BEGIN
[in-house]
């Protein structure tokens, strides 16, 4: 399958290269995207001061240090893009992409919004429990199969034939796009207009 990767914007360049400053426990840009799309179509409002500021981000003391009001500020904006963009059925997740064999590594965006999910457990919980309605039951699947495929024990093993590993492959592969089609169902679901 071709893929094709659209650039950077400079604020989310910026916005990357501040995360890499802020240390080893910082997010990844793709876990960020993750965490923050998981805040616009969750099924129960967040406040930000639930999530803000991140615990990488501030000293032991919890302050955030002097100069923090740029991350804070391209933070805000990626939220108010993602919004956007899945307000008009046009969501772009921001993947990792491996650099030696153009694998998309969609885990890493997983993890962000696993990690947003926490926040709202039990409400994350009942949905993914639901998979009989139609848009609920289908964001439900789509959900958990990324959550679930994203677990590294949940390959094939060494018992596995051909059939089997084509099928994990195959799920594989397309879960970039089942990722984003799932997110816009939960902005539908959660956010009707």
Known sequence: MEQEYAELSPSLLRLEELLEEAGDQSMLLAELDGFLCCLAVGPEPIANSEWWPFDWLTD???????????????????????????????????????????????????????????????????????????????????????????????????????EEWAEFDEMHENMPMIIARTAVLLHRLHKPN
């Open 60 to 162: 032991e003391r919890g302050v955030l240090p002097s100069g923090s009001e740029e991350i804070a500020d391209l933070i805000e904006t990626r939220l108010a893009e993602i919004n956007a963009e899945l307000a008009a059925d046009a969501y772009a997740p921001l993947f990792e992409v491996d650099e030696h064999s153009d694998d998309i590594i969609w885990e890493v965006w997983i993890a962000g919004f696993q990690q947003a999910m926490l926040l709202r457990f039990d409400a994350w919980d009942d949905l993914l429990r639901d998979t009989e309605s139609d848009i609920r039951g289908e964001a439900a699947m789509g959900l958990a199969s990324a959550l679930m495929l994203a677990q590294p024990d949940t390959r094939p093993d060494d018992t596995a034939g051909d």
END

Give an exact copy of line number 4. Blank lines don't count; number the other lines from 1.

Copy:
């Open 60 to 162: 032991e003391r919890g302050v955030l240090p002097s100069g923090s009001e740029e991350i804070a500020d391209l933070i805000e904006t990626r939220l108010a893009e993602i919004n956007a963009e899945l307000a008009a059925d046009a969501y772009a997740p921001l993947f990792e992409v491996d650099e030696h064999s153009d694998d998309i590594i969609w885990e890493v965006w997983i993890a962000g919004f696993q990690q947003a999910m926490l926040l709202r457990f039990d409400a994350w919980d009942d949905l993914l429990r639901d998979t009989e309605s139609d848009i609920r039951g289908e964001a439900a699947m789509g959900l958990a199969s990324a959550l679930m495929l994203a677990q590294p024990d949940t390959r094939p093993d060494d018992t596995a034939g051909d």